Strict Construction Has Been Debated For More Than 200 Years

Written by Christi Hayes and Fact Checked by The Law Dictionary Staff  

The concept of strict construction has usually been associated with the United States Supreme Court and how some of its members interpret the Constitution. Someone who is a strict constructionist believes that the literal meaning of the words should be adopted, but it can also mean that the language used in the document should be given the meaning that was given to the words at the time of its creation.

Early debate over strict construction and the Constitution

One of the earliest, so-called, strict constructionists was Thomas Jefferson who opposed Alexander Hamilton's proposal for the creation of a national bank under the control of the federal government with the power to print money. Jefferson was a champion of the rights of the states. This included his belief that only state governments had the authority under the Constitution to create new banks.

According to Jefferson, a strict construction of the language used in the Constitution could lead to no conclusion other than those powers not specifically conferred on the federal government remaining within the sole province of the states. Hamilton disagreed and argued that Article I, Section 8, Clause 18 of the Constitution gave Congress the power to enact laws that were necessary and proper to carrying out the powers of the federal government.

It was the acceptance of Hamilton's much looser interpretation of the Constitution than the strict construction applied by Jefferson that convinced President Washington to sign the legislation creating national banking system in the U.S. The debate engaged in by Jefferson and Hamilton in 1791 over the meaning to be given to the words contained in the Constitution continues more than 200 hundred years later.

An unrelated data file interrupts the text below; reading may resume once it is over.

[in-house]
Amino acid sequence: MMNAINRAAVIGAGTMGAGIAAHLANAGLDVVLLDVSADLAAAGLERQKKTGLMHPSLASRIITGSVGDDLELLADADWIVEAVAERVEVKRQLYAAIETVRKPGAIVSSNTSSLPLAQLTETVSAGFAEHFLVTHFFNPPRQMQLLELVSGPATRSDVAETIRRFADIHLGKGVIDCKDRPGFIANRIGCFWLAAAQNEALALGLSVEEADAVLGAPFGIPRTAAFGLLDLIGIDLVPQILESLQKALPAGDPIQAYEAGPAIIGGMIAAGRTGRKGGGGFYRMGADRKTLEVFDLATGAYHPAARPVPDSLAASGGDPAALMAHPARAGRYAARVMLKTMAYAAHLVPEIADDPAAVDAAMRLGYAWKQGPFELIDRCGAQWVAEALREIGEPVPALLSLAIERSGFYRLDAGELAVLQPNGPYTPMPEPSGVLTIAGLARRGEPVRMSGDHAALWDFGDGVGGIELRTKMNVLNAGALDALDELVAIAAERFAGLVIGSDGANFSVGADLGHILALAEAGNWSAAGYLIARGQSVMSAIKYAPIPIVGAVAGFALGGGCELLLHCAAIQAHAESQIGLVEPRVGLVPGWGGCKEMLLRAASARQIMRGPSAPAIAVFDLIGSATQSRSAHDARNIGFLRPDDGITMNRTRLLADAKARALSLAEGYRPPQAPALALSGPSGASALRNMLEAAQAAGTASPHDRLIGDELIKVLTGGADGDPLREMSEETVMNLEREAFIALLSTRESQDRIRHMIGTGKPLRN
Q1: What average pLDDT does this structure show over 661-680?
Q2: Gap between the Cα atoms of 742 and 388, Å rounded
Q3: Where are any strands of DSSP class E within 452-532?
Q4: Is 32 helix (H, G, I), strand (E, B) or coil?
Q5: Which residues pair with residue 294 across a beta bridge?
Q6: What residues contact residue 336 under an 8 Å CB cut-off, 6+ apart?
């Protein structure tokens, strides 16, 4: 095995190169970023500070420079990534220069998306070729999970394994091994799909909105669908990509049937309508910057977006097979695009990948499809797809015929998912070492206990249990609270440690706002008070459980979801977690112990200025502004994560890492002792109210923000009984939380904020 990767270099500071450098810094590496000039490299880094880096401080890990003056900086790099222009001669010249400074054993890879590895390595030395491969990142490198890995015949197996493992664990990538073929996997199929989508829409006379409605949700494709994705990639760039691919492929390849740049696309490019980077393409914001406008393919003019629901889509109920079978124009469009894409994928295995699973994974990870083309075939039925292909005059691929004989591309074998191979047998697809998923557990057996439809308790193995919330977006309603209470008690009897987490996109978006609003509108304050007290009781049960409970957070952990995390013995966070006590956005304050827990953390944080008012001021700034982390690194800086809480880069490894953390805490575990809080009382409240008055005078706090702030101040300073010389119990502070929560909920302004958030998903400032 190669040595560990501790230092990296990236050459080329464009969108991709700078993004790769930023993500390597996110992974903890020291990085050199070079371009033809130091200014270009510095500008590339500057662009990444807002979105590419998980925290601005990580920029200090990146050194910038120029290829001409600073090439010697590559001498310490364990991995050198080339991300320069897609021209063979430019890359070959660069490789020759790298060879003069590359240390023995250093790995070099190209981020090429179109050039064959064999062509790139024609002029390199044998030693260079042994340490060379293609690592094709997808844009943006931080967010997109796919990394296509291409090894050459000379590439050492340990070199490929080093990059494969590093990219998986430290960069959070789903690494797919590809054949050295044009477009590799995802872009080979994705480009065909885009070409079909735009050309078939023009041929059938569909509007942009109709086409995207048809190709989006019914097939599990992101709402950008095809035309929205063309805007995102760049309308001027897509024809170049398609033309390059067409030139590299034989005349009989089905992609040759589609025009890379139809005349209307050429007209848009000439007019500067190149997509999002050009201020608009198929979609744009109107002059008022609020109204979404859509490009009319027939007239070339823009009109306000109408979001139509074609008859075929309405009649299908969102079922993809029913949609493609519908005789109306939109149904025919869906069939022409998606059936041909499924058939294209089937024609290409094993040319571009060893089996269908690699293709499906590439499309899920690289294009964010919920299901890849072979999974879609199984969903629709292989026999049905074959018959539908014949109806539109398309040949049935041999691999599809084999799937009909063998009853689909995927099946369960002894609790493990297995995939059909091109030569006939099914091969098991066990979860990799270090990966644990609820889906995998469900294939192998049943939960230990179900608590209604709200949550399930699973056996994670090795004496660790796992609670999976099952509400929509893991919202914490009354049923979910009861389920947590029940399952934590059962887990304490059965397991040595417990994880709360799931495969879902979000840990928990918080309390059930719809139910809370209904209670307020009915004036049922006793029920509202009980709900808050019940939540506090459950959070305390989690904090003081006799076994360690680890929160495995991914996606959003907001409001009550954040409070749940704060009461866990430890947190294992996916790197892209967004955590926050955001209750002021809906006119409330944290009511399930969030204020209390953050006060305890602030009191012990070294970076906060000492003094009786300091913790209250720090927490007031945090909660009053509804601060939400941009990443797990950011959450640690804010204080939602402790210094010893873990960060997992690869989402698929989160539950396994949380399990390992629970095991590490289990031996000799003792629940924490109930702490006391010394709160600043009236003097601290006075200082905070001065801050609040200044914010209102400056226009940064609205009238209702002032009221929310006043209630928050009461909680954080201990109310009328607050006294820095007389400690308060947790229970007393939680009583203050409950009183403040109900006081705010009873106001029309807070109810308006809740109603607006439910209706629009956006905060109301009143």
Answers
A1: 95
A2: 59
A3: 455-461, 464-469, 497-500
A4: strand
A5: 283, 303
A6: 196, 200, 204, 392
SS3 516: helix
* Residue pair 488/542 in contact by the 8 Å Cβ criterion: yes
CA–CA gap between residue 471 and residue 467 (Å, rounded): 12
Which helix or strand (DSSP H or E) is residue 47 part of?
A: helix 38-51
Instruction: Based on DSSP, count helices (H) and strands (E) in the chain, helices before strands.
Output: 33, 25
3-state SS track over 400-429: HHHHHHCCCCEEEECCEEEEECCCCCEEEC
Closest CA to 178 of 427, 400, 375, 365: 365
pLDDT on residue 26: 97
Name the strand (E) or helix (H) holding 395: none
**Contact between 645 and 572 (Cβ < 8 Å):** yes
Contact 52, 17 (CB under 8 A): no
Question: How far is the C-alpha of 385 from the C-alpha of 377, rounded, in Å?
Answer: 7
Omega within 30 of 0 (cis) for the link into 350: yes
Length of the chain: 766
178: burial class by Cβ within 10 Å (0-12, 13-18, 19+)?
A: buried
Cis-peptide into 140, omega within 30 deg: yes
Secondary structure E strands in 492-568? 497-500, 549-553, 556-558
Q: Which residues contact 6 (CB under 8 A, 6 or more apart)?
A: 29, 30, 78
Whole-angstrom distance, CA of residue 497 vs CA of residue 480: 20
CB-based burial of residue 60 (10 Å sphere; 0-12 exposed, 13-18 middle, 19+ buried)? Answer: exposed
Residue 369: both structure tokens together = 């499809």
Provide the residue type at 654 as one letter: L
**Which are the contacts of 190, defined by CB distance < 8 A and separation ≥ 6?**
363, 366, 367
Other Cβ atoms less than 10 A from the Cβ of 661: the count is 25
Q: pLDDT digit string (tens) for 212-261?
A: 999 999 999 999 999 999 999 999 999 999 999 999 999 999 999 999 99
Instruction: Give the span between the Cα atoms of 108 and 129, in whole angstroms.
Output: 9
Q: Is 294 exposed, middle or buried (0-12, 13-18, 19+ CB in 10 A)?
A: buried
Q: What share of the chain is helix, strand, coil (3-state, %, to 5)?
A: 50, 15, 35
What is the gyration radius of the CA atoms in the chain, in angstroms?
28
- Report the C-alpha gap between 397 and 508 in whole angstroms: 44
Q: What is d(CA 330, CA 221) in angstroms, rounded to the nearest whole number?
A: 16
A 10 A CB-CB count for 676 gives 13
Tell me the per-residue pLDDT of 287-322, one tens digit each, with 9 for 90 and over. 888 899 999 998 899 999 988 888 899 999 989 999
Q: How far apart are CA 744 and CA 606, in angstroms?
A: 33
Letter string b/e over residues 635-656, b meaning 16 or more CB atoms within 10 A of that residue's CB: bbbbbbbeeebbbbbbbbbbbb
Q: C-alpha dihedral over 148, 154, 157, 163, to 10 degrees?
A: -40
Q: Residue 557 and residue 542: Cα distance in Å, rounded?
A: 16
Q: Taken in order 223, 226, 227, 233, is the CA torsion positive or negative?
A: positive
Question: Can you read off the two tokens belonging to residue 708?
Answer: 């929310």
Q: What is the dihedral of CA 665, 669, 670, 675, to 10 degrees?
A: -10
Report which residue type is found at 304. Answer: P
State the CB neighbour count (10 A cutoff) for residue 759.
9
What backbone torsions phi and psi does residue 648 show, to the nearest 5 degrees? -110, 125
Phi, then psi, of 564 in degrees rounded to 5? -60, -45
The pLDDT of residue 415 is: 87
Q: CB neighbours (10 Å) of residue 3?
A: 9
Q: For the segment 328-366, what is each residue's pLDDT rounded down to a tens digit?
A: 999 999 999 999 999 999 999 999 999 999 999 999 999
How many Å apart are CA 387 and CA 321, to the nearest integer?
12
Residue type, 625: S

Founders kept the language vague on purpose

Some scholars argue that the drafters of the Constitution purposely left the language of the document imprecise in some instances so that it could be interpreted by future generations living in a world that would be much different than that of the 18th century. These so-called "loose constructionists" believe that looking at the meaning of the words in the context of society as it exists today.

Someone who believes in a strict construction of the Constitution would read and interpret the words as they were written in 1787. The words would be given their 18th century definition.

Expanding strict construction to legislation

Strict construction is not limited only to the Constitution. The role of state and federal judges is to interpret and apply the law, and some states have rules directing judges to avoid strict construction of the laws.

Other states leave it up to the discretion of each judge to determine the meaning to give to the language of a statute. Some judges adhere to the principle that if the language of a specific statute is clear and is not ambiguous then no interpretation is needed. Judges can also interpret the language of legislation by applying common meanings as might be applied to the words by an average person.

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